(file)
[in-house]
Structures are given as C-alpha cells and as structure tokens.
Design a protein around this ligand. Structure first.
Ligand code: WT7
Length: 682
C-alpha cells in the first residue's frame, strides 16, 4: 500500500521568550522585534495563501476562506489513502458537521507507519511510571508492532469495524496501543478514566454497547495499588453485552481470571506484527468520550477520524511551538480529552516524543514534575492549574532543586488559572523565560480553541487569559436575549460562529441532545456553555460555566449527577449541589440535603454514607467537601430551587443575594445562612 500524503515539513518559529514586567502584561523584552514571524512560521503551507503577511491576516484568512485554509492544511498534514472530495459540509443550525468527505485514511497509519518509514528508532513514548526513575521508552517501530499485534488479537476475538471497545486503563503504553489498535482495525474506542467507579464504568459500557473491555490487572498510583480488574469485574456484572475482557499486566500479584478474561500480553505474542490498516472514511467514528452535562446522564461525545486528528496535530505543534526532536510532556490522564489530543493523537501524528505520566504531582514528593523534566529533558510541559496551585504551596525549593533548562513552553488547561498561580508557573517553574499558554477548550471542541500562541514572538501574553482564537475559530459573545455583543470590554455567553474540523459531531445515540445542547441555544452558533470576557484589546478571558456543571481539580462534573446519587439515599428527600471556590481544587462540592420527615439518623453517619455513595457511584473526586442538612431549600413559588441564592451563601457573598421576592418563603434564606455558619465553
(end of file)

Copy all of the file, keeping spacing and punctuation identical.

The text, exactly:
[in-house]
Structures are given as C-alpha cells and as structure tokens.
Design a protein around this ligand. Structure first.
Ligand code: WT7
Length: 682
C-alpha cells in the first residue's frame, strides 16, 4: 500500500521568550522585534495563501476562506489513502458537521507507519511510571508492532469495524496501543478514566454497547495499588453485552481470571506484527468520550477520524511551538480529552516524543514534575492549574532543586488559572523565560480553541487569559436575549460562529441532545456553555460555566449527577449541589440535603454514607467537601430551587443575594445562612 500524503515539513518559529514586567502584561523584552514571524512560521503551507503577511491576516484568512485554509492544511498534514472530495459540509443550525468527505485514511497509519518509514528508532513514548526513575521508552517501530499485534488479537476475538471497545486503563503504553489498535482495525474506542467507579464504568459500557473491555490487572498510583480488574469485574456484572475482557499486566500479584478474561500480553505474542490498516472514511467514528452535562446522564461525545486528528496535530505543534526532536510532556490522564489530543493523537501524528505520566504531582514528593523534566529533558510541559496551585504551596525549593533548562513552553488547561498561580508557573517553574499558554477548550471542541500562541514572538501574553482564537475559530459573545455583543470590554455567553474540523459531531445515540445542547441555544452558533470576557484589546478571558456543571481539580462534573446519587439515599428527600471556590481544587462540592420527615439518623453517619455513595457511584473526586442538612431549600413559588441564592451563601457573598421576592418563603434564606455558619465553